Archives of Acoustics, 43, 4, pp. 625–636, 2018
10.24425/aoa.2018.125156

Voice Traces of Anxiety: Acoustic Parameters Affected by Anxiety Disorder

Turgut ÖZSEVEN
Gaziosmanpaşa University
Turkey

Muharrem DÜĞENCI
Karabük University
Turkey

Ali DORUK
Health Science University
Turkey

Hilal İlkay KAHRAMAN
Gülhane Training and Research Hospital
Turkey

Although the emotions and learning based on emotional reaction are individual-specific, the main features are consistent among all people. Depending on the emotional states of the persons, various physical and physiological changes can be observed in pulse and breathing, blood flow velocity, hormonal balance, sound properties, face expression and hand movements. The diversity, size and grade of these changes are shaped by different emotional states. Acoustic analysis, which is an objective evaluation method, is used to determine the emotional state of people’s voice characteristics. In this study, the reflection of anxiety disorder in people’s voices was investigated through acoustic parameters. The study is a case-control study in cross-sectional quality. Voice recordings were obtained from healthy people and patients. With acoustic analysis, 122 acoustic parameters were obtained from these voice recordings. The relation of these parameters to anxious state was investigated statistically. According to the results obtained, 42 acoustic parameters are variable in the anxious state. In the anxious state, the subglottic pressure increases and the vocalization of the vowels decreases. The MFCC parameter, which changes in the anxious state, indicates that people can perceive this situation while listening to the speech. It has also been shown that text reading is also effective in triggering the emotions. These findings show that there is a change in the voice in the anxious state and that the acoustic parameters are influenced by the anxious state. For this reason, acoustic analysis can be used as an expert decision support system for the diagnosis of anxiety.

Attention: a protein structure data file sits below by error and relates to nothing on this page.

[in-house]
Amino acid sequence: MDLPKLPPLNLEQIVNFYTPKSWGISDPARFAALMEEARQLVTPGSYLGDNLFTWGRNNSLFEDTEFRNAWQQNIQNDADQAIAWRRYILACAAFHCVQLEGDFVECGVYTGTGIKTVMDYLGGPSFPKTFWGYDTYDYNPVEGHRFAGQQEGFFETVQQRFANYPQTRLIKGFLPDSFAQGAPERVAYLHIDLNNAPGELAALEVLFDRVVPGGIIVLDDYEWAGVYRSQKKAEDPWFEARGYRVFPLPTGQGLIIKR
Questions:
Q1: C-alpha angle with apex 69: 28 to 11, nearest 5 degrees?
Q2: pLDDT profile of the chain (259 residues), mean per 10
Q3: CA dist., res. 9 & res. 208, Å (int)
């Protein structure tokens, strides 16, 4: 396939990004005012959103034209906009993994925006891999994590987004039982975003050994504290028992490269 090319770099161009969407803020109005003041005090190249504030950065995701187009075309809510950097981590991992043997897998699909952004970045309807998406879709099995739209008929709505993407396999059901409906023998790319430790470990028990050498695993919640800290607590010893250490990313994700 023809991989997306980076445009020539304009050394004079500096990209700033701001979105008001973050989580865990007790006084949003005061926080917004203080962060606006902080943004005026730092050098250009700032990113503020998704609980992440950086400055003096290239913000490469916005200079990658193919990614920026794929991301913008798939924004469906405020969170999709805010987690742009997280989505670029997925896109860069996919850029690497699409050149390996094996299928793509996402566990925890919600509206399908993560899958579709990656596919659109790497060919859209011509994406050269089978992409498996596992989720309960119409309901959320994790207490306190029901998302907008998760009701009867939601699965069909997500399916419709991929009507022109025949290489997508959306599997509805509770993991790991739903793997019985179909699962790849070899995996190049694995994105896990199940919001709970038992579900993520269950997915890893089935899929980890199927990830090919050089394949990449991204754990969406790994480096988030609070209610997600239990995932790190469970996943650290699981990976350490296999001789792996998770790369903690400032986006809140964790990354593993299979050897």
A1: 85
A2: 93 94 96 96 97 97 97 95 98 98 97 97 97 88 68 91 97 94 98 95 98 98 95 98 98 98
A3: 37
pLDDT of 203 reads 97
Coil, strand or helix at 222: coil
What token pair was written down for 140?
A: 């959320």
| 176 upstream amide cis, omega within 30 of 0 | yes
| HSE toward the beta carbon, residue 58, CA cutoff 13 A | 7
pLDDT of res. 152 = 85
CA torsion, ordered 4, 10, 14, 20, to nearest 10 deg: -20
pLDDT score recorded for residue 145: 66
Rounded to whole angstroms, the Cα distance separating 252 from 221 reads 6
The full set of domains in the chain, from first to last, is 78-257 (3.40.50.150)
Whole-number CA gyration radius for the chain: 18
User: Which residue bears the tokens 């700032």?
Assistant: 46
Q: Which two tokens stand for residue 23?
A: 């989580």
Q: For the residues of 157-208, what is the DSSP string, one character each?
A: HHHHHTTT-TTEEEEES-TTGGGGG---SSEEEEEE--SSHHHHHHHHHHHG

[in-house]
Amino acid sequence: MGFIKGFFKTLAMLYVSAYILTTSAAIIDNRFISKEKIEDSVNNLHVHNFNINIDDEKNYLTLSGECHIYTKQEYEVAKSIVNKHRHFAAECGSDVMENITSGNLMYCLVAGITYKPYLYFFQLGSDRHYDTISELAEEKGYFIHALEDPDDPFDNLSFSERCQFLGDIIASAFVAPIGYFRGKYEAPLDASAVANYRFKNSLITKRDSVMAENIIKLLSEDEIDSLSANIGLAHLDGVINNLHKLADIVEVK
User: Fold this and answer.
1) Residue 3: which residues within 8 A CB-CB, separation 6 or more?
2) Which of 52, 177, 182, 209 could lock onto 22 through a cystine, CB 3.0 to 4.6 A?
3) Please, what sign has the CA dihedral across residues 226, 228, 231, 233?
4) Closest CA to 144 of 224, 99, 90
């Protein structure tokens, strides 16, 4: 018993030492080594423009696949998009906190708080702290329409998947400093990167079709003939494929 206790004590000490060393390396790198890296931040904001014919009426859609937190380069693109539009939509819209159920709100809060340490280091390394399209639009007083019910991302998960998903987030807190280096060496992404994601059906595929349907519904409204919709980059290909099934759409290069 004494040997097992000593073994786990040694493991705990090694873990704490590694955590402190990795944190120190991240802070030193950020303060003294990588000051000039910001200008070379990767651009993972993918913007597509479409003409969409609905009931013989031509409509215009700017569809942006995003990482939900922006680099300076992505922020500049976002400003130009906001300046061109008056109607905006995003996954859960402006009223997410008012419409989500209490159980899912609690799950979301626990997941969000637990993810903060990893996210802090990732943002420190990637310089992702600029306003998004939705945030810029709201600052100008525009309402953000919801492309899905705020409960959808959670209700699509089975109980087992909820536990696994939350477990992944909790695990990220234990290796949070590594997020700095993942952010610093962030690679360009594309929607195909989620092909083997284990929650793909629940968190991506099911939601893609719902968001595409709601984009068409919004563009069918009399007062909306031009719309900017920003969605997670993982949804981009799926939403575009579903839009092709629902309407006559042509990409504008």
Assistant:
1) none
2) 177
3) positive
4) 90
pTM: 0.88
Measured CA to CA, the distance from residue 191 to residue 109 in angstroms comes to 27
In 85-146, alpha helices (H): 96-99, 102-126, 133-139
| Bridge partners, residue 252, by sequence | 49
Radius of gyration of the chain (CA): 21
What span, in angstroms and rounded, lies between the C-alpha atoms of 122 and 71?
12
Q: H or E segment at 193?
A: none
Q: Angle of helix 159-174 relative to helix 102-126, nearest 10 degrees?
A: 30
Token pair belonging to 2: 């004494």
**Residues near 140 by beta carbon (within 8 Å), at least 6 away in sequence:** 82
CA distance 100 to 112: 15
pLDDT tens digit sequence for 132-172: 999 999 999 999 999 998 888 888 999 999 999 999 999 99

Keywords: anxiety; acoustic analysis; signal processing; speech processing
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DOI: 10.24425/aoa.2018.125156

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